• Average Inventory provides a stable view of a company's stock over time, vital for financial analysis, inventory turnover, and operational efficiency assessments.
  • Calculating average Inventory helps manage fluctuating stock levels due to various factors like large shipments or sales surges.
  • It determines how swiftly Inventory can be converted into sales, aiding in sales planning, tracking losses, and evaluating sales effectiveness.

Understanding Average Inventory

Average Inventory represents the mean value of a company's stock over a specific period, crucial for financial analysis, aiding in calculating inventory turnover and assessing operational efficiency.

When looking at a company's inventory status, this lens is often preferable to a single point in time or accounting period. The total amount or value of your Inventory averaged over two or more accounting periods is called average Inventory.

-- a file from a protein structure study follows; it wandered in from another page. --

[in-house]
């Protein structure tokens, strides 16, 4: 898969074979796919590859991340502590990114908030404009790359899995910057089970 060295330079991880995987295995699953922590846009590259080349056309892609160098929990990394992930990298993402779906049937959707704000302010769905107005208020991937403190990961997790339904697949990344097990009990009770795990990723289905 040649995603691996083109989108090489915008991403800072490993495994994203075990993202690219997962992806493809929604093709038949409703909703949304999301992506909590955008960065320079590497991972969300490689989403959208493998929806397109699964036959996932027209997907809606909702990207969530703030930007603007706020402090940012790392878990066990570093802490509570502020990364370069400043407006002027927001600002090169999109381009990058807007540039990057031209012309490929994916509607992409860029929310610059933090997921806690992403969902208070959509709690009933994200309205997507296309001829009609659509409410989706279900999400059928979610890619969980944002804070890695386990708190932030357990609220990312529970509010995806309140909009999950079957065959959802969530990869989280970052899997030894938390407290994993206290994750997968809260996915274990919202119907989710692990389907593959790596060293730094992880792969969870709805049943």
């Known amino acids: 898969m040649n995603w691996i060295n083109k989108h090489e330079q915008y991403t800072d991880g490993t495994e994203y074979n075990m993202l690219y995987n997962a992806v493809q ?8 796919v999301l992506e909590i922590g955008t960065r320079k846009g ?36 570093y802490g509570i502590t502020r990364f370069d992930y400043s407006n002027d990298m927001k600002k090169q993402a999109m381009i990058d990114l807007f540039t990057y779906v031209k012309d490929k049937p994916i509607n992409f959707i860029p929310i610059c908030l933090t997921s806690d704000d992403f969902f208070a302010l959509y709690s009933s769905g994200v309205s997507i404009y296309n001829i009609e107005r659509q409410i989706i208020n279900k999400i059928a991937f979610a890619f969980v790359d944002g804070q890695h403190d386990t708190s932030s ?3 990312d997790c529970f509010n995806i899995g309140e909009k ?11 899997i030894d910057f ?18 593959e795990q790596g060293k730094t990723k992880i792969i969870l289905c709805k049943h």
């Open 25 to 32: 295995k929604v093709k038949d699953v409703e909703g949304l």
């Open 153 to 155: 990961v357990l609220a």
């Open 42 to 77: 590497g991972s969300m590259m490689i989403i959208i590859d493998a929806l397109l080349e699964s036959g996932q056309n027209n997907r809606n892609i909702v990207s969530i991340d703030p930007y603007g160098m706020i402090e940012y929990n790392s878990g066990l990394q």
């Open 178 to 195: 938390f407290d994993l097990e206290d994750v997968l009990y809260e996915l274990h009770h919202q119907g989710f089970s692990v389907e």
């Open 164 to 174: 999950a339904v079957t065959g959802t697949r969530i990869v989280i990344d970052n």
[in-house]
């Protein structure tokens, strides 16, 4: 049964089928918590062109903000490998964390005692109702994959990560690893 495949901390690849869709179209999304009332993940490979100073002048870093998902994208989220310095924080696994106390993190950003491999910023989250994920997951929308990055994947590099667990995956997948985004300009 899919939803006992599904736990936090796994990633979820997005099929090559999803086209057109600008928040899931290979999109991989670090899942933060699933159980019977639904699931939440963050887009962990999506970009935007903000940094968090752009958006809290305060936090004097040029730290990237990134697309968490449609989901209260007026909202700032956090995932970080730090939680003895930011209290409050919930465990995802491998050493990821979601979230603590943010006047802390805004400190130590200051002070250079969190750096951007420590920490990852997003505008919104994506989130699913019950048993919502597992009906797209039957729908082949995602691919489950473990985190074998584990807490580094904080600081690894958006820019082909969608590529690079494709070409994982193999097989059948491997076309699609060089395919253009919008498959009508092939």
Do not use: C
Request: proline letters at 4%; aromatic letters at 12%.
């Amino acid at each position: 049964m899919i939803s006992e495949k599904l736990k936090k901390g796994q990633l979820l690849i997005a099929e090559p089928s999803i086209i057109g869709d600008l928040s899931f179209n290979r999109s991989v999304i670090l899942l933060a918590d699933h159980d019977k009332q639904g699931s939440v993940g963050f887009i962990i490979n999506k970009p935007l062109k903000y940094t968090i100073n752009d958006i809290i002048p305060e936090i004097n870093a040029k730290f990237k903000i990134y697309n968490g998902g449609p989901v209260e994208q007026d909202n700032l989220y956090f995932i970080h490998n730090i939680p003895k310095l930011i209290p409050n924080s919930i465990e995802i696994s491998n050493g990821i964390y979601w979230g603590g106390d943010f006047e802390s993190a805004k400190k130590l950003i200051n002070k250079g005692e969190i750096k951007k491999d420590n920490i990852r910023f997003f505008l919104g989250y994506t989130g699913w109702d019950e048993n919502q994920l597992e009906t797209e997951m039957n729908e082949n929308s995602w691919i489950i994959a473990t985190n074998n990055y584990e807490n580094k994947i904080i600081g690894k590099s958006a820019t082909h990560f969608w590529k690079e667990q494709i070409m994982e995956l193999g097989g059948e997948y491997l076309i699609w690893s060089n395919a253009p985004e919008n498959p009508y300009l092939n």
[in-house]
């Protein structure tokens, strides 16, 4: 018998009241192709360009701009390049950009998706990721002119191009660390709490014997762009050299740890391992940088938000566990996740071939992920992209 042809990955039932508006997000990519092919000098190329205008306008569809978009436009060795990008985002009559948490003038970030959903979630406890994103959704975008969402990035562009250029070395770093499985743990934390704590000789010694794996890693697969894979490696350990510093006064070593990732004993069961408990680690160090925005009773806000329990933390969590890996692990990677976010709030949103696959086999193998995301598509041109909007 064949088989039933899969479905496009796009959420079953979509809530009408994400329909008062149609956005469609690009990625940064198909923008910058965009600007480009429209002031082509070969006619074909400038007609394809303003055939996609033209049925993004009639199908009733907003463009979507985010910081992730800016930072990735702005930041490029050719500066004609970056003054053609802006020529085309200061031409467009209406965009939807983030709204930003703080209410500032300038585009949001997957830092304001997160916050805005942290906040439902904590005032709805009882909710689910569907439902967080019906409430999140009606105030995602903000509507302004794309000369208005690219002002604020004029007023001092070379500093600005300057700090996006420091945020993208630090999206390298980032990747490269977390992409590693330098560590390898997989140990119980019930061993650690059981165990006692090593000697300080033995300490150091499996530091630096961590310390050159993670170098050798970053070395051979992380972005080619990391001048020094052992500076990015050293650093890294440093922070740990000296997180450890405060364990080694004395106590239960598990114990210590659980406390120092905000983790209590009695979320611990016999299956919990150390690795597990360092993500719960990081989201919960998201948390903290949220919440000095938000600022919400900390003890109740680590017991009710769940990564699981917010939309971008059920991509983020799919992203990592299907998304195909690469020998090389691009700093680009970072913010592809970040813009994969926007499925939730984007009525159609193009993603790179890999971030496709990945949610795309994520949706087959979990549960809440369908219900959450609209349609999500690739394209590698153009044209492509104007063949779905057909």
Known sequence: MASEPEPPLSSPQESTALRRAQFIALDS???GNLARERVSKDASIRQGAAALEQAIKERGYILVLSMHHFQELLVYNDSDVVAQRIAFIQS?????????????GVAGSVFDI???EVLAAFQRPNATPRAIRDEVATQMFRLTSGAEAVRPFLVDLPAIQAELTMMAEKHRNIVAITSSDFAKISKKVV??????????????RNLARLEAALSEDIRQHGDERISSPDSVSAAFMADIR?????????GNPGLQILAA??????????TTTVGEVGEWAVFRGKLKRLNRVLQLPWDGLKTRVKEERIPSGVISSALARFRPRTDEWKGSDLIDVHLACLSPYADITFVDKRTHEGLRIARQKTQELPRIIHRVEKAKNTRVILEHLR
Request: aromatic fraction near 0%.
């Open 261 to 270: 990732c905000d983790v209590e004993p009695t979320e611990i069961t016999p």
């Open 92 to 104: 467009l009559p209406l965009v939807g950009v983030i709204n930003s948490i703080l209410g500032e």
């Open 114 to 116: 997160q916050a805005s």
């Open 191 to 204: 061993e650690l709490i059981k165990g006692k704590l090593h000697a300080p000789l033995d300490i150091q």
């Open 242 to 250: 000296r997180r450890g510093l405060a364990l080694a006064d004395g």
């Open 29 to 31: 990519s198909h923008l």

It is the average value over a while. That value might or might not be the same as the median value calculated from the same data. However, the average can be used for meaningful comparisons to other data points. 

For example, someone can track inventory losses due to shrinkage, damage, and theft by comparing the average to overall sales volume in the same period.

Average Inventory Importance

Average is a company's inventory calculation over an approximate or estimated time. Receiving oversized shipments, a surge in sales, and other factors can affect inventory balances at the end of the month as they replenish or deplete Inventory.

Calculating the average level eliminates the swings on either ide and gives a more accurate picture of inventory availability.

The average determines how quickly you can convert Inventory into sales. The inventory turnover ratio and the days' inventory sales, or DSI, are used to accomplish this.